Distractions Put Teen Drivers at Higher Risk for Accidents
One of the most important milestones in a teenager’s life is getting that set of keys to their first car and the freedom that comes along with it. The last thing on a teen driver’s mind is the associated risks of driving and the eye-opening statistics that show that teen driving is risky. The summer months prove to be the most dangerous for young drivers as they have more free time to spend on the road.
Whether it’s due to their novice skills or easily distracted nature, the risk of being in a car crash is four times more likely for drivers between the ages of 16 and 19. Additionally, their chances of a fatal collision are highest within the first six months of obtaining their driver’s license.
Car accidents are the leading cause of deaths for teenagers in the U.S. according to the Centers for Disease Control and Prevention .
These risks increase even more when there are teen passengers in the car. Like texting and driving, having other young people in the vehicle serve as an easy distraction that deter teen drivers from focusing on the road.
One tool that is decreasing these risks for teens is Graduated Driver Licensing programs (GDL). This tiered driving program allows new drivers to ease into full driving privileges as they gain experience and driving hours. In Arizona, teens must be at least 15 years and 6 months old to obtain their graduated instruction permit. At age 16 they may apply for their graduated driver’s license after completion of various criteria. To view this information you may visit the Arizona Department of Transportation web site. This program enables teen drivers to learn how to navigate the roads safely under lower risk situations.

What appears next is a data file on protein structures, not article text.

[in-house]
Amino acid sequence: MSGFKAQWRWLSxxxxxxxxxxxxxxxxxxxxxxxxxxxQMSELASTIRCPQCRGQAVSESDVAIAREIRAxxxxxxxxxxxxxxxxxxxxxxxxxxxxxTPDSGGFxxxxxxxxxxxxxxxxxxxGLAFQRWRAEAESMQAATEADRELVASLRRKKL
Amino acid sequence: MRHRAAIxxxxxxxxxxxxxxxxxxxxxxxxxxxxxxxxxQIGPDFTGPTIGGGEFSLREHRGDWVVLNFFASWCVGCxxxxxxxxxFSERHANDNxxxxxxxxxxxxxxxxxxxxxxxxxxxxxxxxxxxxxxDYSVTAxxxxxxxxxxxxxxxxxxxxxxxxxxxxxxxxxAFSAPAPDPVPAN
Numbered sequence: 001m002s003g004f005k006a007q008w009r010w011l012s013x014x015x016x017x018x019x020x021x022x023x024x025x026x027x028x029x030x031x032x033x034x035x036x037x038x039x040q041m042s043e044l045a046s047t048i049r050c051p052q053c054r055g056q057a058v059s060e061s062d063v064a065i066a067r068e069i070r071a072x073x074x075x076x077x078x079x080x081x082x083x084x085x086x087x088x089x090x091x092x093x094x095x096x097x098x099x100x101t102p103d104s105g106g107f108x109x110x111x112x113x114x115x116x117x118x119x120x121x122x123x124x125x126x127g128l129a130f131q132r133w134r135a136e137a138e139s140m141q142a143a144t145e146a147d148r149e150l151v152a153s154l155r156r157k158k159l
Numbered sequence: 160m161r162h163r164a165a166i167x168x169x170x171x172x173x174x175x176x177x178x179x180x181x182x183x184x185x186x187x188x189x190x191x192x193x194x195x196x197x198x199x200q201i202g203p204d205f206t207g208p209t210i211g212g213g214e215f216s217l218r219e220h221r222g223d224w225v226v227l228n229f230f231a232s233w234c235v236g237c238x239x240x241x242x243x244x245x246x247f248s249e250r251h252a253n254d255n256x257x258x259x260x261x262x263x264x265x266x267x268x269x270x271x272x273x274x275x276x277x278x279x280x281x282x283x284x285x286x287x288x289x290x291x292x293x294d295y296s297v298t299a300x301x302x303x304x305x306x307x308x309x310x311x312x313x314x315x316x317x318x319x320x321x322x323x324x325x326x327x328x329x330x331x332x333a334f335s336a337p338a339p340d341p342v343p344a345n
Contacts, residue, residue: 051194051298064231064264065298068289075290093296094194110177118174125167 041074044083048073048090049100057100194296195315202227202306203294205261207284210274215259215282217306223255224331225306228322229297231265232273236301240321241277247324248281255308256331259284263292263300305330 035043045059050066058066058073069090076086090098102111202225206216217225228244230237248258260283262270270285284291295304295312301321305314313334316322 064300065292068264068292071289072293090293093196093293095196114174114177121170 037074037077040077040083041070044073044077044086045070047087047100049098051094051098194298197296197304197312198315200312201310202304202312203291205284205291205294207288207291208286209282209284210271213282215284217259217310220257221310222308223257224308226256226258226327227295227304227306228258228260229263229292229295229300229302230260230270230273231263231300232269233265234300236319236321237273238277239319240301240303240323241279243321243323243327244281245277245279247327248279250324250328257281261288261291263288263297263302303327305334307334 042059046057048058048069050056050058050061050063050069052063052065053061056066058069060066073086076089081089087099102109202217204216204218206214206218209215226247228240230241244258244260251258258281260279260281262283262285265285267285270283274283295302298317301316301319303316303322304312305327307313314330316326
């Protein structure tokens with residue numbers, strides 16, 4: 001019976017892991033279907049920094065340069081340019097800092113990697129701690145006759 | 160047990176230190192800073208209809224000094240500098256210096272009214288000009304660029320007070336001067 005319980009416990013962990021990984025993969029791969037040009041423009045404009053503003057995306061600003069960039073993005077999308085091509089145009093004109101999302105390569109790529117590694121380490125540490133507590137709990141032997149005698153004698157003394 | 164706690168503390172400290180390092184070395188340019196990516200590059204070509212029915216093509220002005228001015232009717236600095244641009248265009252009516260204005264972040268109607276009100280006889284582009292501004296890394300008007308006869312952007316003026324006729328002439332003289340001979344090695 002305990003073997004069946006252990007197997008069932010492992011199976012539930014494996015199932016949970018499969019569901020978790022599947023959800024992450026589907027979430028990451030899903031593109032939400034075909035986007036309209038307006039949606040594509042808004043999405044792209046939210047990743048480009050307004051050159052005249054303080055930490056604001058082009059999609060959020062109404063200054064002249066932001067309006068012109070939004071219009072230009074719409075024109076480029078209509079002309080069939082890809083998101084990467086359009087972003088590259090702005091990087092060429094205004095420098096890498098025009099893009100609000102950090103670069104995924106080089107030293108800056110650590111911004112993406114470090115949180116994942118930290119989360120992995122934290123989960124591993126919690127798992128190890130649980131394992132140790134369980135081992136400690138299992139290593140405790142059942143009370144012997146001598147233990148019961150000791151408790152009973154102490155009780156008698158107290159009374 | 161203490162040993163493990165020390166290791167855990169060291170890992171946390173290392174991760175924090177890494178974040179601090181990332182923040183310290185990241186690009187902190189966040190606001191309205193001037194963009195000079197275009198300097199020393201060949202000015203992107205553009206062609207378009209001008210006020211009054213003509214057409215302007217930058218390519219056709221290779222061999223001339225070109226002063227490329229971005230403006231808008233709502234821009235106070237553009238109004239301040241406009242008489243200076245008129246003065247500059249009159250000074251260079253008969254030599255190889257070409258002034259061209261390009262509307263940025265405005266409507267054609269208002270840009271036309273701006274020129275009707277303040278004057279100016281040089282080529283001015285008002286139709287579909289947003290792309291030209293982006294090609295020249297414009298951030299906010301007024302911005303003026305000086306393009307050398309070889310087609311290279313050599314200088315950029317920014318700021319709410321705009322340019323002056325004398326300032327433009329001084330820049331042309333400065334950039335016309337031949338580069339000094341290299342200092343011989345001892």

AAA offers interactive tools to prepare both parents and teens for driving, including a guide to teen driver safety. Some of these tips include:
• Always wearing a seatbelt
• Not riding with other teens in the vehicle without parental consent
• Being a safe passenger
• Restrict night time driving
• Always remain alert of potentially hazardous situations
• Never drive aggressively- aggressive driving increases chances of a collision drastically
There are many resources available for both parents and teen drivers to educate themselves about safe driving. Remember to practice healthy driving habits in front of your teen.